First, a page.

Screens and Eating

We are all on screens much more now then in previous decades. On average, 3-5 year olds use screens 2 hours per day which is double the recommended screen time for this age group. Increased screen time is associated with sedentary behaviour and decreased physical activity.  There are also nutrition consequences to excess screen time, especially if it occurs during meal or snack time.

Forming habits and cognitive development:

The early years are an important time where children develop habits and patterns that can last a lifetime. Excess screen time in childhood has been shown to lead to overuse of screens in later life. Overexposure to screens in the early years is also connected to language delays, cognitive development and short-term memory. By contrast, learning and development is enhanced dramatically by face-to-face interactions with caregivers. When young children are watching screens, stick to the recommended time limits, choose educational over recreational content and watch alongside them so that you can discuss what is being seen and connect it to real life. In these circumstances, there can be positive developmental benefits from screen time.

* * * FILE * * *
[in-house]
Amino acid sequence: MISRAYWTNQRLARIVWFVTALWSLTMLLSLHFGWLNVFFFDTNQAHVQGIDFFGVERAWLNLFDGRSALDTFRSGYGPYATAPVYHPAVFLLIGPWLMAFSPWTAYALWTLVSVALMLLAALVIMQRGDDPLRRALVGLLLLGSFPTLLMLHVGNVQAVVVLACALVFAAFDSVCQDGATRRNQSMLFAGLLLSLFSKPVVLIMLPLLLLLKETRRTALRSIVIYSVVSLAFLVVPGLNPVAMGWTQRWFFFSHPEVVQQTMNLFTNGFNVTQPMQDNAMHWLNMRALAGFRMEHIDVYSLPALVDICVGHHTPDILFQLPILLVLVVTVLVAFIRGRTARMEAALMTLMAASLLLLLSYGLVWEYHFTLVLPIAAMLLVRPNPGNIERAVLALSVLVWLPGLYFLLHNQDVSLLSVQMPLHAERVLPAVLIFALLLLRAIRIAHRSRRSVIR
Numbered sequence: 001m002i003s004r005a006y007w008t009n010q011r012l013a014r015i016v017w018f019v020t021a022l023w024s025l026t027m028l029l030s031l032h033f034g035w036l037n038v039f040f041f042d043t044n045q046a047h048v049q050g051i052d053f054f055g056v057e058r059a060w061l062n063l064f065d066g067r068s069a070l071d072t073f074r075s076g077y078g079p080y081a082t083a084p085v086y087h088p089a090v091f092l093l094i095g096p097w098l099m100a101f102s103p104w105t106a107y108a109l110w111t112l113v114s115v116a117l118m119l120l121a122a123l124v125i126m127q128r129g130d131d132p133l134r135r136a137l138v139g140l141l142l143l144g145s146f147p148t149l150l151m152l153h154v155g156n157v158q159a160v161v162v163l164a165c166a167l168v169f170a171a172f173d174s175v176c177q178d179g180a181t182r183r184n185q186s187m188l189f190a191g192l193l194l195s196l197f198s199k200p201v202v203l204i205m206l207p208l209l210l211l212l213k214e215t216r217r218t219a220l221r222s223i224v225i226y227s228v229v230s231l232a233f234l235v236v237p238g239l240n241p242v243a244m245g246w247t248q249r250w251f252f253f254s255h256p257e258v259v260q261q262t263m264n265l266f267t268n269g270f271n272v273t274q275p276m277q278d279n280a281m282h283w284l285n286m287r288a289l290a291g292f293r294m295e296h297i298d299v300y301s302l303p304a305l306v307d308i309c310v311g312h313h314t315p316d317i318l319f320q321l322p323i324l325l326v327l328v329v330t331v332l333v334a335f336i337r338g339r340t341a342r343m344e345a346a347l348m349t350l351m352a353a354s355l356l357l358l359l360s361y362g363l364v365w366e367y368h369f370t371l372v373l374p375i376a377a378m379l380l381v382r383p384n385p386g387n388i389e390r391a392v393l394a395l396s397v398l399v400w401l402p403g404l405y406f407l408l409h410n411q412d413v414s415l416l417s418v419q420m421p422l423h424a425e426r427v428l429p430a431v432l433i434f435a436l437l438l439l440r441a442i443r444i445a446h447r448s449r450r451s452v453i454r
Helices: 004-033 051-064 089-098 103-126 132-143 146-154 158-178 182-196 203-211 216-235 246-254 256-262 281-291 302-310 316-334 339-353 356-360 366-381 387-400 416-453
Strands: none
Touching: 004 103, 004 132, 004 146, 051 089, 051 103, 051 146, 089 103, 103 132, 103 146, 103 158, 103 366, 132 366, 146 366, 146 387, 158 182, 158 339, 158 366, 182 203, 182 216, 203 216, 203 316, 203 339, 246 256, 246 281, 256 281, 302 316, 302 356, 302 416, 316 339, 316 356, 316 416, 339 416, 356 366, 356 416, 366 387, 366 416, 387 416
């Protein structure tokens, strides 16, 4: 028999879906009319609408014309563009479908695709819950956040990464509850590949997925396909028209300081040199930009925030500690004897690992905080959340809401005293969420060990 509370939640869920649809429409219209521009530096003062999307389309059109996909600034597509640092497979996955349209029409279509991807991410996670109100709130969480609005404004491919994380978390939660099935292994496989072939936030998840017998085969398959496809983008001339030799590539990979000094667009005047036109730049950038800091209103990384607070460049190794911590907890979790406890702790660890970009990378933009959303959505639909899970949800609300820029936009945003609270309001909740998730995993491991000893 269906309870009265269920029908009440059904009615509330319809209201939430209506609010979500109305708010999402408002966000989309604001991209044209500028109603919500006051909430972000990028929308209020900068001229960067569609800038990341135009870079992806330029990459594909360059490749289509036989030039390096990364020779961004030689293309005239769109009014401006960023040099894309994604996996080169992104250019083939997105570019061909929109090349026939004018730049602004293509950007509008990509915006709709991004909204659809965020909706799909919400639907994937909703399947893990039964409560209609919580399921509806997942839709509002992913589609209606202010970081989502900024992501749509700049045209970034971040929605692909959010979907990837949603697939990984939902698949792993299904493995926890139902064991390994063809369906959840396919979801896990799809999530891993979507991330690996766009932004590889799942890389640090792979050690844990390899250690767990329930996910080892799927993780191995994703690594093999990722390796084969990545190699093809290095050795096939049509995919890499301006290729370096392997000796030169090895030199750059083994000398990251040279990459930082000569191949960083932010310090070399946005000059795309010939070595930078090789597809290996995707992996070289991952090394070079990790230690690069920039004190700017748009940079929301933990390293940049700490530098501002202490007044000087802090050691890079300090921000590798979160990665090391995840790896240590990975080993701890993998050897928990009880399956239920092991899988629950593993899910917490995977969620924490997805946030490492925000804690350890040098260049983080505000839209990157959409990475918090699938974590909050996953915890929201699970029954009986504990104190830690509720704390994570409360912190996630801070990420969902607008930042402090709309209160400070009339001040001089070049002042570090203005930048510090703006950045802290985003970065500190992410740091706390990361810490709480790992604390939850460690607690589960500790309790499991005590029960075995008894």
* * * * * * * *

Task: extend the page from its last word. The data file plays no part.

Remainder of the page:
Screen time and food intake:

Screens during meals or snacks can distract all of us, especially young children, from listening to our body’s cues around hunger and fullness. For some children, this distraction can mean that they eat very little despite feeling hungry whereas for others, it can lead to eating despite feeling full. 

Check out our post on Mindful Eating to understand how to help children pay attention to the food they are eating and how they feel in their bodies.

Research shows that children who are exposed to excess screen time may consume less of the foods recommended for optimal health like vegetables and fruit.

The recommendations:

  • Screen time is not recommended for children under 2.
  • For children 2-5 years old, limit screen time to less than 1 hour per day.
  • Avoid screens for 1 hour before bed.
  • Maintain daily “screen-free” times especially at meals and snacks or reading time.
  • Do not provide screen time in childcare settings for children of any age.

This resource was adapted from: 

The Canadian Pediatric Society:  Screen time and preschool children: Promoting health and development in a digital world